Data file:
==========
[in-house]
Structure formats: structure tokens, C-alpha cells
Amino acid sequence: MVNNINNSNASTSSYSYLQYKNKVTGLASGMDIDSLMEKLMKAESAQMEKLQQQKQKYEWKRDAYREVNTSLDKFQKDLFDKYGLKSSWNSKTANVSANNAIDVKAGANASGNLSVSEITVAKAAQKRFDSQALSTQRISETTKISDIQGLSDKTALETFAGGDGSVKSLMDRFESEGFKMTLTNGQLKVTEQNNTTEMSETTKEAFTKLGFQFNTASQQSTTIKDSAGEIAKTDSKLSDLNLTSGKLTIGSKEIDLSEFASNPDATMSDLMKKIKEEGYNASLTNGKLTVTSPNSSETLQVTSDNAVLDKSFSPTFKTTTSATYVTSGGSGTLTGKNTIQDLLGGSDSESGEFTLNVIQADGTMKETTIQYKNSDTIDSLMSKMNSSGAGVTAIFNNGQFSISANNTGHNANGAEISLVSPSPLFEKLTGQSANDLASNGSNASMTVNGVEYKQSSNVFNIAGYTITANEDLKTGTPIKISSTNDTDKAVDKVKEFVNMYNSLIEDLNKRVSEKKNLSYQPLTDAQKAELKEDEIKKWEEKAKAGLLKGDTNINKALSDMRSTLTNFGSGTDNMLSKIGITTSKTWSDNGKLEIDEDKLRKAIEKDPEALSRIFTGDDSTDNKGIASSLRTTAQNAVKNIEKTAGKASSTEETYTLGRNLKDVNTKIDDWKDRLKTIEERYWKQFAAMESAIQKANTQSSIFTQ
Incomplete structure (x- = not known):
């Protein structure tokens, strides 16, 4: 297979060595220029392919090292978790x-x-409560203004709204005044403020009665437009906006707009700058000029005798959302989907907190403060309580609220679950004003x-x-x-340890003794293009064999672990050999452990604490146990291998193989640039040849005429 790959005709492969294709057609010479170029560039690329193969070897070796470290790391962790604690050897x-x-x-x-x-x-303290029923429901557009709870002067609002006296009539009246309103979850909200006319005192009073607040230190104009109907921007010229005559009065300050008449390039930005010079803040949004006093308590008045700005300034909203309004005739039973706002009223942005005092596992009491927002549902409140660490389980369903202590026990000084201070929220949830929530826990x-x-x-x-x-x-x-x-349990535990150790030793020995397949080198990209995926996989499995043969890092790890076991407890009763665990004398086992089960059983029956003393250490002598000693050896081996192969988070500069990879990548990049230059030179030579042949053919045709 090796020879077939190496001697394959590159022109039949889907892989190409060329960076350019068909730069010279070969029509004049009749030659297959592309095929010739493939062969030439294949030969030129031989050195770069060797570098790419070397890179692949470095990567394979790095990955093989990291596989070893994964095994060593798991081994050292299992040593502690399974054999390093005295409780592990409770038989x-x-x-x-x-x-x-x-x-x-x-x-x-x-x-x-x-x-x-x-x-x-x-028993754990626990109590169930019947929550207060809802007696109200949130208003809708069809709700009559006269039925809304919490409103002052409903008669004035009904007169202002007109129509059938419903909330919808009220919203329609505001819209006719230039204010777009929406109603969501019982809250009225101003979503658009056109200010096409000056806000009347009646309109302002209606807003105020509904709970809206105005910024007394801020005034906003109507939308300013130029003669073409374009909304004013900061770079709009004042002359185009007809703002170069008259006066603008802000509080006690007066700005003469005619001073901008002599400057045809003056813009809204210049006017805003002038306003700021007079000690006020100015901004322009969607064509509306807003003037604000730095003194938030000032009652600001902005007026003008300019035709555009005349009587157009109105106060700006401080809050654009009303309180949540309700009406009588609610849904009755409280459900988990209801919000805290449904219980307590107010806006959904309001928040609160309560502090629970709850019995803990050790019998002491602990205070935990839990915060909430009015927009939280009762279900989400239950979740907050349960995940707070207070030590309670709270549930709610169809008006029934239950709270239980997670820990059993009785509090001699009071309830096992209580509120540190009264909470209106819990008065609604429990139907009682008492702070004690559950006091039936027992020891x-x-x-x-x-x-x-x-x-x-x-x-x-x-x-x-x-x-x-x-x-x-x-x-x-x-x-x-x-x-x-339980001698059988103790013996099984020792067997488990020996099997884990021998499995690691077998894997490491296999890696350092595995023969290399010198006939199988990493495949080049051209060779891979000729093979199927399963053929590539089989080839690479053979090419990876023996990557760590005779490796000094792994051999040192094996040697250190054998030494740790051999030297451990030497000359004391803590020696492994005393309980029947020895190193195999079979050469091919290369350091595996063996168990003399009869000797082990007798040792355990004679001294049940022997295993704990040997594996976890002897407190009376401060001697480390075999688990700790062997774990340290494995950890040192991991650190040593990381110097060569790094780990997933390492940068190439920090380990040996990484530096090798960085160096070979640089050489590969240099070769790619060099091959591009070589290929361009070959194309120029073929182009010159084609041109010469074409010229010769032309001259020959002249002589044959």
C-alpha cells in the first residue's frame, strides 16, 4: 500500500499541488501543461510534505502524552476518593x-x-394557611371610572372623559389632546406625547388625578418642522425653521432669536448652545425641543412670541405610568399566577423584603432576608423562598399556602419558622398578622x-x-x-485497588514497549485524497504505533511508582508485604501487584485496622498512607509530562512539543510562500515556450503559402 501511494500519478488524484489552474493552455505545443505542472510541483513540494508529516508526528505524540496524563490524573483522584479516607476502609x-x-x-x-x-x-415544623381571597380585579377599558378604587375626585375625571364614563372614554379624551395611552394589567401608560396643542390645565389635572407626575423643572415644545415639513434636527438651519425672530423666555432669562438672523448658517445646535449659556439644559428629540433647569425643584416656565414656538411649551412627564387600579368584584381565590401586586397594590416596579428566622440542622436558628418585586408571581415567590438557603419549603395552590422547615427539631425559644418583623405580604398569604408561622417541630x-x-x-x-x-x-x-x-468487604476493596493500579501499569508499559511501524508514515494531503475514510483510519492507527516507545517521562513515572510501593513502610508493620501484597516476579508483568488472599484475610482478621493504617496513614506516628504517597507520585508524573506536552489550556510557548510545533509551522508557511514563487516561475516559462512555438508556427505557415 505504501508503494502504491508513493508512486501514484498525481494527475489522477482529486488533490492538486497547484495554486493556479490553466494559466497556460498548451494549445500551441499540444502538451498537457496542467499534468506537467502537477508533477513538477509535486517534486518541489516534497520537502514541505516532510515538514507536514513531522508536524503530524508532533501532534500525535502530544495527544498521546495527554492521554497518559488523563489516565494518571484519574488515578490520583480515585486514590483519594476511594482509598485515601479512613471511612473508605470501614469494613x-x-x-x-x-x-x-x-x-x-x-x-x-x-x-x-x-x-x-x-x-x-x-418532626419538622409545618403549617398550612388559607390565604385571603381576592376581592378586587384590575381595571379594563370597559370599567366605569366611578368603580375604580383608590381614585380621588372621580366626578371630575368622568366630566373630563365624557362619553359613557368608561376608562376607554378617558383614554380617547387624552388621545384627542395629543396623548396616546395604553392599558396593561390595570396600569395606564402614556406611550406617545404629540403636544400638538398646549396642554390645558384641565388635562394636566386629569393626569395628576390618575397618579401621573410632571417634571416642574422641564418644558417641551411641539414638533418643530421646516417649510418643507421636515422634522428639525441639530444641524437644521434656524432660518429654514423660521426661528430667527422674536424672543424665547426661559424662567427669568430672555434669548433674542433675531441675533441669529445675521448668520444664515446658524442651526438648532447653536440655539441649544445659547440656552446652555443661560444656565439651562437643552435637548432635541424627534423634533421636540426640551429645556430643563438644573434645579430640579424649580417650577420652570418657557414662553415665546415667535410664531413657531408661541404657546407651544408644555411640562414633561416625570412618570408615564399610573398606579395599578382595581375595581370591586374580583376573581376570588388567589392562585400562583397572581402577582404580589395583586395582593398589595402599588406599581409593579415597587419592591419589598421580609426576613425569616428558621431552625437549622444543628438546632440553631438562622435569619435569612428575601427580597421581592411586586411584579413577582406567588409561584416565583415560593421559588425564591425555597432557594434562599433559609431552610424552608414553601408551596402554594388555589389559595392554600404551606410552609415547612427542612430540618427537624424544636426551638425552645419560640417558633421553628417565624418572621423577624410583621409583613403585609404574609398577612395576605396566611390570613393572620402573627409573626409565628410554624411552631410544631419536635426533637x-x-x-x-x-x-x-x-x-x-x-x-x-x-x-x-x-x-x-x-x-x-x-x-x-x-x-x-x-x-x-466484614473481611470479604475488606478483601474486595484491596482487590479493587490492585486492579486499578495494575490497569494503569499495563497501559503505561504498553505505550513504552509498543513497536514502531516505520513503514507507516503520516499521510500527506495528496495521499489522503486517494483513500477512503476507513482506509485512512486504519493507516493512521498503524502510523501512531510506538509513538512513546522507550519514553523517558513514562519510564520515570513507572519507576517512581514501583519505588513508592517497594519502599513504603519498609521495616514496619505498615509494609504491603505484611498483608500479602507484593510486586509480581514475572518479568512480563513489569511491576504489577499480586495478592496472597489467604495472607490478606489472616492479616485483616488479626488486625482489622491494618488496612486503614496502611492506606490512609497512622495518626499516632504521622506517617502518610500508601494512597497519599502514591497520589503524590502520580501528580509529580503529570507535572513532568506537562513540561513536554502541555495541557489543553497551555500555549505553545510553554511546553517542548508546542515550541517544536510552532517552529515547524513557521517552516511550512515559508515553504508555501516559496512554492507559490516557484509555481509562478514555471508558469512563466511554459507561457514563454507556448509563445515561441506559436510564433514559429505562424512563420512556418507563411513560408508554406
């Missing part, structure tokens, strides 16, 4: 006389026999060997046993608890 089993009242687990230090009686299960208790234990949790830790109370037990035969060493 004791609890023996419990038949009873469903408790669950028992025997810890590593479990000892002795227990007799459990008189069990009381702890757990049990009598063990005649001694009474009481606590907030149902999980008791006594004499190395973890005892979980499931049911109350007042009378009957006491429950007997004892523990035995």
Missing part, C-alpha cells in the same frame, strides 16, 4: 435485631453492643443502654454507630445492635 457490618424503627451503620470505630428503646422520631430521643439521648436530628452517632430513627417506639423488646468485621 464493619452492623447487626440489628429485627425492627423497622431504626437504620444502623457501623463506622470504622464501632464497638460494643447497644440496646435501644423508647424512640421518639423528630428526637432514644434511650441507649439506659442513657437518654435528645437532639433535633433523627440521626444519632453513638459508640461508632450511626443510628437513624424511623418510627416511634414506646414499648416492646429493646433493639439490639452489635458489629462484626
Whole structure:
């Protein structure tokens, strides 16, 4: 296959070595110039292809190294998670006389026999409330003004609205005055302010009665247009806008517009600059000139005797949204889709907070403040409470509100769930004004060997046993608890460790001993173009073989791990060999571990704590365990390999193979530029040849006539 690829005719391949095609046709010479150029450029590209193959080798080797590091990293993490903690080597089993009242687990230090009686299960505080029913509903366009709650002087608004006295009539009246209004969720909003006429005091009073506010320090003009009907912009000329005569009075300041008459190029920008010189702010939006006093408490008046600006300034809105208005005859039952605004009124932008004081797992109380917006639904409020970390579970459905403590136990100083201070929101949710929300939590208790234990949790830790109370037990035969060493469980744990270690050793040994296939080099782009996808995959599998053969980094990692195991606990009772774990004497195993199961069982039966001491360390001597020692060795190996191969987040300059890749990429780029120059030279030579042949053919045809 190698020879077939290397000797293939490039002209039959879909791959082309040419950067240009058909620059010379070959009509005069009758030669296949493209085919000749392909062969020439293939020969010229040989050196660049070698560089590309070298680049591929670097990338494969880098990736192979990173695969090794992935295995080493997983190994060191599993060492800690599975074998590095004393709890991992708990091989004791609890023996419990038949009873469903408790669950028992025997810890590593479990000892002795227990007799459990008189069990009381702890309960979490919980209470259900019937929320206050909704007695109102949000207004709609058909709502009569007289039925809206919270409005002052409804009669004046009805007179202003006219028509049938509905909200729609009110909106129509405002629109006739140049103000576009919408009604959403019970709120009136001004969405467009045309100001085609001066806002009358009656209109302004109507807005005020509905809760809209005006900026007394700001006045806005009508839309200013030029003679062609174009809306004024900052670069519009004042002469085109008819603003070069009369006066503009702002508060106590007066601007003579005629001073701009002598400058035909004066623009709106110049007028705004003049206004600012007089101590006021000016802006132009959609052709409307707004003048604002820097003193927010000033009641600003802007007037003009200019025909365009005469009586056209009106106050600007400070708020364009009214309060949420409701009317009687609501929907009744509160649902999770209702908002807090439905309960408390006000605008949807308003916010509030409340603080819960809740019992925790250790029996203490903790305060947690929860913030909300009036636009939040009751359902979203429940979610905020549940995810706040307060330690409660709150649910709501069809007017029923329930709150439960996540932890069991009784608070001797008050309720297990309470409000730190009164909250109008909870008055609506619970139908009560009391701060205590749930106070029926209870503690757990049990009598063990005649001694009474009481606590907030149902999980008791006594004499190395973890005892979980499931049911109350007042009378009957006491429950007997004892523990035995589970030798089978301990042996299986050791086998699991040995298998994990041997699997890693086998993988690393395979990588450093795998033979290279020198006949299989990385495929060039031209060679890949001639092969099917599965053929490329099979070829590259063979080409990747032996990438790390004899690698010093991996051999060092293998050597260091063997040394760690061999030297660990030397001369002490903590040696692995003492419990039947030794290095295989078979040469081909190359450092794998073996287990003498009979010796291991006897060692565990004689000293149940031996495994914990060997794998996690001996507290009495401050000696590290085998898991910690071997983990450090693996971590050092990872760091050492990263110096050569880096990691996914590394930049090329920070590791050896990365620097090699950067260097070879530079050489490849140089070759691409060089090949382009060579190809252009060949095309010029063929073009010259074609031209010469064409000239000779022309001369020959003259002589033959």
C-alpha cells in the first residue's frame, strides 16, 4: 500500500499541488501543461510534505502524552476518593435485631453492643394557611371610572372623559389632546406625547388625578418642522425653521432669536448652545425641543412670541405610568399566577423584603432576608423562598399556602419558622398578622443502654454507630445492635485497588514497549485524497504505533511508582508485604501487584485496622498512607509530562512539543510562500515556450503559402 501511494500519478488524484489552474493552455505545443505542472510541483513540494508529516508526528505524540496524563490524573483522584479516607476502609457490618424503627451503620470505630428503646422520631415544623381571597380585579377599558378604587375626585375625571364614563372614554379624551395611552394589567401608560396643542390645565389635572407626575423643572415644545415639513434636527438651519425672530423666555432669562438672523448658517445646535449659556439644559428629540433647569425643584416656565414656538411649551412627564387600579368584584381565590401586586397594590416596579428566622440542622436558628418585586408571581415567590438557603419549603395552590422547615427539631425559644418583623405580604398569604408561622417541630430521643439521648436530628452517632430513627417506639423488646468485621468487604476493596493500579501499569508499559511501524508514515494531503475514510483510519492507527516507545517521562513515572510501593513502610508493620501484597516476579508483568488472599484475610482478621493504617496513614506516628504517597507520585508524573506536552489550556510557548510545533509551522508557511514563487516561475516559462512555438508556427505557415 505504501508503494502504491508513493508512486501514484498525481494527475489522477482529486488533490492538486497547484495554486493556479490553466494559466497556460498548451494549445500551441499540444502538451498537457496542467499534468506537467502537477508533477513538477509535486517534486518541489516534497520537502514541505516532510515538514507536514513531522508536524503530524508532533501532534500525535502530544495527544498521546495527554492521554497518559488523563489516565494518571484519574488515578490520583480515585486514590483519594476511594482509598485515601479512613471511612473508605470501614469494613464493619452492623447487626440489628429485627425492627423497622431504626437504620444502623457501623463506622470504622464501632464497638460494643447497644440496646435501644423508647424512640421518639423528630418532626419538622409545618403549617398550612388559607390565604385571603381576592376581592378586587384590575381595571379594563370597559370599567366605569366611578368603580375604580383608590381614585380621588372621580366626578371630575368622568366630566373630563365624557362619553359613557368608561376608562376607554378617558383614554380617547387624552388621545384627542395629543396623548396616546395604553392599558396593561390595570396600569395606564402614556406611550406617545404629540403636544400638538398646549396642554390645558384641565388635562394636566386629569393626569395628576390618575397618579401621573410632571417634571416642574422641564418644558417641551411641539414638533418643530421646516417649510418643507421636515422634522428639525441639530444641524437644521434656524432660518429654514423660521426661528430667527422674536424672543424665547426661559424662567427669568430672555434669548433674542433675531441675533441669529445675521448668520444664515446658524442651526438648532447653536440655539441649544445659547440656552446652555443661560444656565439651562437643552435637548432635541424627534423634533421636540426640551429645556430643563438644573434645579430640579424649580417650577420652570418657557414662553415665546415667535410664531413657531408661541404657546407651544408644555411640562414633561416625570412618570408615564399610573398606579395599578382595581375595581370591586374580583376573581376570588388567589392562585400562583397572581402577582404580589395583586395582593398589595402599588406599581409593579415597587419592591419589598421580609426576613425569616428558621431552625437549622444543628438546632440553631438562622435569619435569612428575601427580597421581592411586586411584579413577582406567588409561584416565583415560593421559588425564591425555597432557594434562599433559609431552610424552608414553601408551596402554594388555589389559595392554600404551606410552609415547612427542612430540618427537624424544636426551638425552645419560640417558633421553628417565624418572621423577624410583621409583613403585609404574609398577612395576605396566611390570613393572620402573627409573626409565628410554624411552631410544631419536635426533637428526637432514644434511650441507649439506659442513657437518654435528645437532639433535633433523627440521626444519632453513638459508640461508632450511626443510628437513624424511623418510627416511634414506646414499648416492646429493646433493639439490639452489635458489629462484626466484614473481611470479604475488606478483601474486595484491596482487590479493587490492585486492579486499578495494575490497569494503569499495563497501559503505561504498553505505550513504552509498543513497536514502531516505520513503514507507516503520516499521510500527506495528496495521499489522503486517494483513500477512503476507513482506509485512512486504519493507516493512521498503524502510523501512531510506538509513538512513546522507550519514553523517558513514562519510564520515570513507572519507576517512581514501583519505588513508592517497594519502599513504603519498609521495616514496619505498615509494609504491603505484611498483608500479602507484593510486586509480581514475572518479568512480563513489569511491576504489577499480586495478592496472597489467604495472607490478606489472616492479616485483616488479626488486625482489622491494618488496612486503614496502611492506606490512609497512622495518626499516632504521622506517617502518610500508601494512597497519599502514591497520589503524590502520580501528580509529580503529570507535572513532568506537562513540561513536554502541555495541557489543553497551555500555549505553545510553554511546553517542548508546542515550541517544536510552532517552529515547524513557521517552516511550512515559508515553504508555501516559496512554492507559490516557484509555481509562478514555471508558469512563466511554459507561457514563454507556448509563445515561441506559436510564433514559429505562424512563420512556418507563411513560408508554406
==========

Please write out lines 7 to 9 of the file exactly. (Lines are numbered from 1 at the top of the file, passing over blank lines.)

């Missing part, structure tokens, strides 16, 4: 006389026999060997046993608890 089993009242687990230090009686299960208790234990949790830790109370037990035969060493 004791609890023996419990038949009873469903408790669950028992025997810890590593479990000892002795227990007799459990008189069990009381702890757990049990009598063990005649001694009474009481606590907030149902999980008791006594004499190395973890005892979980499931049911109350007042009378009957006491429950007997004892523990035995």
Missing part, C-alpha cells in the same frame, strides 16, 4: 435485631453492643443502654454507630445492635 457490618424503627451503620470505630428503646422520631430521643439521648436530628452517632430513627417506639423488646468485621 464493619452492623447487626440489628429485627425492627423497622431504626437504620444502623457501623463506622470504622464501632464497638460494643447497644440496646435501644423508647424512640421518639423528630428526637432514644434511650441507649439506659442513657437518654435528645437532639433535633433523627440521626444519632453513638459508640461508632450511626443510628437513624424511623418510627416511634414506646414499648416492646429493646433493639439490639452489635458489629462484626
Whole structure: